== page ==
Admittedly, when I write in this space, there are very few specific people that I think to myself, "Is so-and-so going to read this?" By and large, I just want my posts to be insightful or entertaining (or both). "Who is going to read this?" is something I rarely stress about.
A couple weeks ago, I wrote a post about former Texans running back Ahman Green's getting cut from Montreal in the Canadian Football League after they discovered he had a pulled hamstring.
I talked disdainfully about his two years with the Texans, how injury prone he was, and begged the football gods to stop reminding us of the Ahman Green Era in Houston. As it turns out, Ahman Green's feelings about the Ahman Green Era in Houston were mutual. It was a very forgettable, sometimes traumatic time for him as well.
My post was snarky, sarcastic, and if you're Ahman Green reading it, it was probably more than a little heartless. And that's the thing -- I had no idea that Ahman Green was going to actually read my post.
But he did. He told me he did.
After the post went up, I got an e-mail the next morning from Ahman Green himself and, to paraphrase, he wanted to ask/convey the following:
-- "Um, did I ever do something to you?" (That's him asking me.)
-- "Houston was a terrible time for me both personally and from a health standpoint. Your post really kind of brought back some bad memories."
-- "I would love to have a conversation to clarify what was going during my time in Houston and maybe shed some light on why things went the way they did."
Later that day, I e-mailed Ahman Green back and explained that the blog post wasn't anything personal, that I was coming at it from a fan's point of view, and right or wrong, most fans view an oft-injured guy as a disappointment and immediately count up how much money the team paid him for each yard. I proceeded to invite him onto my radio show on 1560 The Game, he accepted and wound up calling in (somewhat unexpectedly, since we hadn't nailed down a specific time) yesterday afternoon.
I wasn't expecting him to blast me for the blog post only because he had indicated to me in the e-mail exchange that that wouldn't be the purpose of the conversation. I expected a civilized, intelligent conversation. Not only did I get that, but Green gave some back story on his troubles early on in Houston -- the death of his father, the difficulties with his daughters, and the injuries.
But the part of the interview that got everybody talking was some chilling insight into the relationship between Green and Texans general manager Rick Smith. Basically, about halfway through his first season in Houston, Smith called Green into his office and asked him if he was faking his injuries:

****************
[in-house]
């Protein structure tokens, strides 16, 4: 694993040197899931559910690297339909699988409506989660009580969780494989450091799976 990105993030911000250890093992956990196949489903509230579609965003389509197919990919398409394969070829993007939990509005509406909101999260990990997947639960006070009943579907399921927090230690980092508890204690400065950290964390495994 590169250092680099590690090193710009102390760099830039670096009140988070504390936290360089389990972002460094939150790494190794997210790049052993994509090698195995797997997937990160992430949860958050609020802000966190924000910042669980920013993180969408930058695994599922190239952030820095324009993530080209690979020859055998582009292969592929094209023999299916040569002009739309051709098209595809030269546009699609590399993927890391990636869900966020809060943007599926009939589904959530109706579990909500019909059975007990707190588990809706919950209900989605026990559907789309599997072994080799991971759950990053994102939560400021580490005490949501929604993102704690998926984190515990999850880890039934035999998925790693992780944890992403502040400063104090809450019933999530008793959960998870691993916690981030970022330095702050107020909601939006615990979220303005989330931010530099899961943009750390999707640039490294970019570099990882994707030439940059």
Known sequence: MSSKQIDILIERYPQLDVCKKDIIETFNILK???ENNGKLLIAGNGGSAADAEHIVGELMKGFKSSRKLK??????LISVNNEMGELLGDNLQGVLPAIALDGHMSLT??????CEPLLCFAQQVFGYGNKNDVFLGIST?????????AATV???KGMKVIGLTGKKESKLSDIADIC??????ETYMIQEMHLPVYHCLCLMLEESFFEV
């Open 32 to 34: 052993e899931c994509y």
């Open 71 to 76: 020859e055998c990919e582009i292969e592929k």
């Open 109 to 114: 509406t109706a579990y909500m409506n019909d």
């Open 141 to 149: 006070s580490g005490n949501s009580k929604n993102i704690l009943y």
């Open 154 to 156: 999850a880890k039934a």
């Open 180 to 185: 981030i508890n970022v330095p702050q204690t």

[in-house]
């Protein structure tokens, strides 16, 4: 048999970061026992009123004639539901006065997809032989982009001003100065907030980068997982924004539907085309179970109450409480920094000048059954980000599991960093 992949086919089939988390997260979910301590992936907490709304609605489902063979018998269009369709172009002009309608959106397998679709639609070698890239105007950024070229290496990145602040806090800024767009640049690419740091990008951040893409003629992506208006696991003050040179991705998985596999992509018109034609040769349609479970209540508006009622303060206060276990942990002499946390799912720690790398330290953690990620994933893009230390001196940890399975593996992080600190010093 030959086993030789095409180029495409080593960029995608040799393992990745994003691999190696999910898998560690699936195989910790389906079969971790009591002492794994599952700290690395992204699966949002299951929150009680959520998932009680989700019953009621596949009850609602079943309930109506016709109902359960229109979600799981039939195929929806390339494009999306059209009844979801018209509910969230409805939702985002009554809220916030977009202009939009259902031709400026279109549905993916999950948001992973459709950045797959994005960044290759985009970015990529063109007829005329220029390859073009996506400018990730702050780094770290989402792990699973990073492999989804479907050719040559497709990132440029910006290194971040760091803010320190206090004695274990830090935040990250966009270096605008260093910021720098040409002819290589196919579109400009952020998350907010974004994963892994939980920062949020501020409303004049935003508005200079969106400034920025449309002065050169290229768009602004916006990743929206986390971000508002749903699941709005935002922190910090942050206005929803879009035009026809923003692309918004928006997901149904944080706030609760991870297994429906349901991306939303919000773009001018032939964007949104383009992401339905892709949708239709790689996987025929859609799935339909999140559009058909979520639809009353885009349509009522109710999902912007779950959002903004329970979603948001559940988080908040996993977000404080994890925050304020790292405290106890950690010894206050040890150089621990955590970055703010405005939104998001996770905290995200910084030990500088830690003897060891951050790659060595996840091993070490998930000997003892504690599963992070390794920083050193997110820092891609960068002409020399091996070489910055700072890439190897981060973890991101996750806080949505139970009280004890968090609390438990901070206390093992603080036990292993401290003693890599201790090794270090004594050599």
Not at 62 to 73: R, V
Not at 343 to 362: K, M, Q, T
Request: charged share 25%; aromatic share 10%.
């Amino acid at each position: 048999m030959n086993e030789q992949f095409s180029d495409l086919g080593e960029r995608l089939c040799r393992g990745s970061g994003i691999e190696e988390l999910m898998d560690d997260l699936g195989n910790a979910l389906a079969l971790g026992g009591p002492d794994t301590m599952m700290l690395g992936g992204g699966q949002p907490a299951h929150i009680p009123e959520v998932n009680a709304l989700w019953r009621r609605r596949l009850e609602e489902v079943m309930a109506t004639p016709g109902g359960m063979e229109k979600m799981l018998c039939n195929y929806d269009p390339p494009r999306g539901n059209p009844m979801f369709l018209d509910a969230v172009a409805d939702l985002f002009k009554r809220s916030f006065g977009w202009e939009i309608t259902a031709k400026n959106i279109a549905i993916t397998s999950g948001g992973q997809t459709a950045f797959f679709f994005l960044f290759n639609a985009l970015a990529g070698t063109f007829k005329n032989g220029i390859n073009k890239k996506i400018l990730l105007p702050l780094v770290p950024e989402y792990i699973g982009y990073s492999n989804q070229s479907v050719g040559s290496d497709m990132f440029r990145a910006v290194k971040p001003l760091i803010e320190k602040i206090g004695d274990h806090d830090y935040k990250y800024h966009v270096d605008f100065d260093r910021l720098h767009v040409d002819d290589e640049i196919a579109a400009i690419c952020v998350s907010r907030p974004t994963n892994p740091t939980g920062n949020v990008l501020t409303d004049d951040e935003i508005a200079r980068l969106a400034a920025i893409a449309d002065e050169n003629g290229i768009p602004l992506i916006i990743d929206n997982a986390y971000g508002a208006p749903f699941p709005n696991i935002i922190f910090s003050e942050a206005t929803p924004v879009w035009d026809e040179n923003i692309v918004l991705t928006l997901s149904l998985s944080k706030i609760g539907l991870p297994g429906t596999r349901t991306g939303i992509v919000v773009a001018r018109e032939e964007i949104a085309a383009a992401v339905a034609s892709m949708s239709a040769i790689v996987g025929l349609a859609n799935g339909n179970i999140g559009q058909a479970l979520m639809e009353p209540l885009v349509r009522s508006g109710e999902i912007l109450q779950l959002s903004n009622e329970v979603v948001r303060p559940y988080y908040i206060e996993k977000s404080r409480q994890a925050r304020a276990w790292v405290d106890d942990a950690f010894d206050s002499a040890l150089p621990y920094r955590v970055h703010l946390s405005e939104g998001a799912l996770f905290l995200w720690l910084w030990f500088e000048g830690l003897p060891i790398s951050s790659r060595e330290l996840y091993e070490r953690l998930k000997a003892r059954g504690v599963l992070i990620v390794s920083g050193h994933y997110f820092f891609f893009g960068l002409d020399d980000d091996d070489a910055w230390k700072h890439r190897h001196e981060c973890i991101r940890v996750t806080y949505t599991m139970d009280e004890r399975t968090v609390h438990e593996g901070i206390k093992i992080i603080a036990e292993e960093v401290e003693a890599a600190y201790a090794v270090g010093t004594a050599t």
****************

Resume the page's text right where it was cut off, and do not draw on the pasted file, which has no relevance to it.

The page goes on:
"I kind of took a step back," he said. "It was kind of a 'wow.' It was probably the biggest eye-opening thing I've ever experienced in my professional career. ... When he said that, it took everything in my power not to do something that I would have regretted."
Green made it clear he was not faking injury and went on to say that the meeting with Smith "left a bad taste in my mouth, and it was a strange experience from there on" in Houston. I also asked him about warning signs before coming to Houston and Green said that other players warned him to be "leery" of Smith. "See the curve ball coming at you. Be ready for that," he said he was told.
Reaction to the interview predictably consisted of many people enjoying watching Rick Smith "exposed" (my listeners' words). There's nothing worse than questioning whether a player is being truthful about injuries, so to those who thought Rick Smith is the devil, this was confirmation. Then there were some people at the other end thinking that Ahman Green was making excuses, and he got paid a lot of money for his time in Houston.
In the end, I think Ahman Green was a guy who went through the worst chapter of his career in Houston, and he felt like he (a) let a lot of people down, (b) had reasons why it happened the way it did beyond those that people knew, and (c) had major issues with management questioning his courage and honesty.
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If my e-mail exchange with him after the interview is any indicator, I think he feels like he got some degree of closure on Thursday. He got parts of his Houston story out there that previously were known only by his family, a few teammates and close friends.
Needless to say, my interview with Ahman Green served a much greater purpose for him than my sarcastic blog post.
(You can listen to the interview in its entirety in the podcast section of 1560's website.)
Listen to Sean Pendergast on 1560 The Game from noon to 3 p.m. weekdays and follow him on Twitter at http://twitter.com/SeanCabliansian.